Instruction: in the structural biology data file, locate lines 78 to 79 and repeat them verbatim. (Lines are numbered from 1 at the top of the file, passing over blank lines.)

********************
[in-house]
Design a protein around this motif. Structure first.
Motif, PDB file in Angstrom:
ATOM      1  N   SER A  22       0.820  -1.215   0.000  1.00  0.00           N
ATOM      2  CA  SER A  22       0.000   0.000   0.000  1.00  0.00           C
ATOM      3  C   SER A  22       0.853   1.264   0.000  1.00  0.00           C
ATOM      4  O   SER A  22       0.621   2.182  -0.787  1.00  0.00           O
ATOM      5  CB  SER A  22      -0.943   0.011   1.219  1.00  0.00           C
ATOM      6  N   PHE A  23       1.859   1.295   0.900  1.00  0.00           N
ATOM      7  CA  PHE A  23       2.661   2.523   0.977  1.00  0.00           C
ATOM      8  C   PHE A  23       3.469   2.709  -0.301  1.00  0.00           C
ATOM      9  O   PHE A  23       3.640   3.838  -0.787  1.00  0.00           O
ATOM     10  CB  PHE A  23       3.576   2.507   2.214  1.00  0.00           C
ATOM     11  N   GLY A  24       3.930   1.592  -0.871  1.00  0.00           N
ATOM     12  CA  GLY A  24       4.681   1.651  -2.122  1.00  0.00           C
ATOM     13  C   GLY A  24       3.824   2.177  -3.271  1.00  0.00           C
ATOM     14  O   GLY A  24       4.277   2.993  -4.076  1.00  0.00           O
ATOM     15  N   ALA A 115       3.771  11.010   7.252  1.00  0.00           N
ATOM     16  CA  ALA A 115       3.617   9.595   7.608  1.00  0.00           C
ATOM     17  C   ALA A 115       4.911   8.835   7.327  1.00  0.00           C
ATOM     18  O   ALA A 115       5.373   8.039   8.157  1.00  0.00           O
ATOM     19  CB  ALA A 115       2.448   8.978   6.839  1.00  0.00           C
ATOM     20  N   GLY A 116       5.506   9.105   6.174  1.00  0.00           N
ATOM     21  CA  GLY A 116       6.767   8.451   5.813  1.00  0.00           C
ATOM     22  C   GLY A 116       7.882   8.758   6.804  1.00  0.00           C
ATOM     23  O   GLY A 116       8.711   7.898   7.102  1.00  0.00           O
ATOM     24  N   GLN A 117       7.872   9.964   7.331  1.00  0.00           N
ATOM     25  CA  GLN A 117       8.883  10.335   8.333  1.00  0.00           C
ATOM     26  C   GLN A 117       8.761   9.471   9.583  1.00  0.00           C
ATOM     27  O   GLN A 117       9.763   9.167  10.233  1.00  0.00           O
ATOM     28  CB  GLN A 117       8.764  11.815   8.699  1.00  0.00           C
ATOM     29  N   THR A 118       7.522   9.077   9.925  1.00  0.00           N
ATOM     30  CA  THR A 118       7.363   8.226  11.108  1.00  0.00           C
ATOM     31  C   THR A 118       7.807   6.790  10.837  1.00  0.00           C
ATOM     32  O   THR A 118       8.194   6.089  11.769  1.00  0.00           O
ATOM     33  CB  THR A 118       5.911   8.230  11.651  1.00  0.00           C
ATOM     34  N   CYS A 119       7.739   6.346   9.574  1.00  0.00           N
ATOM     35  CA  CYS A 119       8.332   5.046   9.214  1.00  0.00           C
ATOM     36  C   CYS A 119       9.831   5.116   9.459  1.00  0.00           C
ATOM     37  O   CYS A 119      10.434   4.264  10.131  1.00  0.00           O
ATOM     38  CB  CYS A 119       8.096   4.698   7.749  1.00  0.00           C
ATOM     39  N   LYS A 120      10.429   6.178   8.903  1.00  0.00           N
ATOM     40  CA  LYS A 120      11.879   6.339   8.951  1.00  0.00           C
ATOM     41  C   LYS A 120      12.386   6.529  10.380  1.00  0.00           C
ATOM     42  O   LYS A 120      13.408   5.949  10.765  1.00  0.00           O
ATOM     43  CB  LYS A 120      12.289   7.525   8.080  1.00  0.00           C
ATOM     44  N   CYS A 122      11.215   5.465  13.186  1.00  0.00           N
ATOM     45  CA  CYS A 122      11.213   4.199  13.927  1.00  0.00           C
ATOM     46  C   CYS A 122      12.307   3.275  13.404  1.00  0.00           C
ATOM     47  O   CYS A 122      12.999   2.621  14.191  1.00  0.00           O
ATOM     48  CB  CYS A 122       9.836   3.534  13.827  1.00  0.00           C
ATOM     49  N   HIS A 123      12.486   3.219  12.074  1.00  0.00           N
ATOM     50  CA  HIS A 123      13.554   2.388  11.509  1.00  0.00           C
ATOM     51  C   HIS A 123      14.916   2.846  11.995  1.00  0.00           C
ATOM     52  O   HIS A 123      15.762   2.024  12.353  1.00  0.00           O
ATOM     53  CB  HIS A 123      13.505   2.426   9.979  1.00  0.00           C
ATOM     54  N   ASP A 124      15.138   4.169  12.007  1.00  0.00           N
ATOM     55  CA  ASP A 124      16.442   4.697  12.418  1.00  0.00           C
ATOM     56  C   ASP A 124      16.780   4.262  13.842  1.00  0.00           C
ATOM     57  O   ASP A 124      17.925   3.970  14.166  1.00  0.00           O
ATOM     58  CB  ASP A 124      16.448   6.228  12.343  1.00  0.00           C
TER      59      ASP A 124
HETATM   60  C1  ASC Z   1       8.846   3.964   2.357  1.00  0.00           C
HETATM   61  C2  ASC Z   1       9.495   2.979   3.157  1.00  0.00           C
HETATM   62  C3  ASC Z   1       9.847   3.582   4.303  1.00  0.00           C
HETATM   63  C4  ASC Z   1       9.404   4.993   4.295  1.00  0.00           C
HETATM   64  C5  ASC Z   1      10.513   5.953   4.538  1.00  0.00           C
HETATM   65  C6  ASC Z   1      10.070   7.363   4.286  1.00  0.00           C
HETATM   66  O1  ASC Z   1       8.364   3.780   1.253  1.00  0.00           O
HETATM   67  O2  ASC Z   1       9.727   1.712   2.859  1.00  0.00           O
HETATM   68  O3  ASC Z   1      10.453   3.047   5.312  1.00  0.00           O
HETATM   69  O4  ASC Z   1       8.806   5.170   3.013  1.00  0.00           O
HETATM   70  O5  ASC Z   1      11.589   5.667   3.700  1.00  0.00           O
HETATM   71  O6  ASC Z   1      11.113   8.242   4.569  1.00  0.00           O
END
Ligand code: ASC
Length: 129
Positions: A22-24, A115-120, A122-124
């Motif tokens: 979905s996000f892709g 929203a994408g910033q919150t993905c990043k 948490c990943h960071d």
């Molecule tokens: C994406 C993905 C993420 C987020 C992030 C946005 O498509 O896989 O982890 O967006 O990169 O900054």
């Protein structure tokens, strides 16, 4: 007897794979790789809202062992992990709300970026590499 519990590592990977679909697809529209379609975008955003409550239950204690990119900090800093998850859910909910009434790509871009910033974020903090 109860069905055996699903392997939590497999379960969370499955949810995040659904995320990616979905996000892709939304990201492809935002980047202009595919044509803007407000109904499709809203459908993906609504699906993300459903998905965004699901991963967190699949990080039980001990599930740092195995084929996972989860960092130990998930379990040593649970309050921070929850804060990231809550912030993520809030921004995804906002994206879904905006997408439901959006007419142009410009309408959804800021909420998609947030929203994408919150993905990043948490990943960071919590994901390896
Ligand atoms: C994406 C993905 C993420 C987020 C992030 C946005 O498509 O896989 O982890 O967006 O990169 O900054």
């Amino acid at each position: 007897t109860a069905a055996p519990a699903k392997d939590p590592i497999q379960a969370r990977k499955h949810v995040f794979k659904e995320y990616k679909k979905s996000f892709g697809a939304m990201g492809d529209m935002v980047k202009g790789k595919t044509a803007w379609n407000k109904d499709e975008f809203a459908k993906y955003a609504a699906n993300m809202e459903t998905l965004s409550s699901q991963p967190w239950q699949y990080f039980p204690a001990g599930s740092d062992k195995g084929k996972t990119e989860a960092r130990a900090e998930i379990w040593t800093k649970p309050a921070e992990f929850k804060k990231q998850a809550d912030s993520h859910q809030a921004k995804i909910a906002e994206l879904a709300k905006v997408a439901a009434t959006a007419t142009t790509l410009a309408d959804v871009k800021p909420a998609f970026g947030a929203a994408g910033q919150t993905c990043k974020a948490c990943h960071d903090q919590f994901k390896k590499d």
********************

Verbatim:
Positions: A22-24, A115-120, A122-124
């Motif tokens: 979905s996000f892709g 929203a994408g910033q919150t993905c990043k 948490c990943h960071d």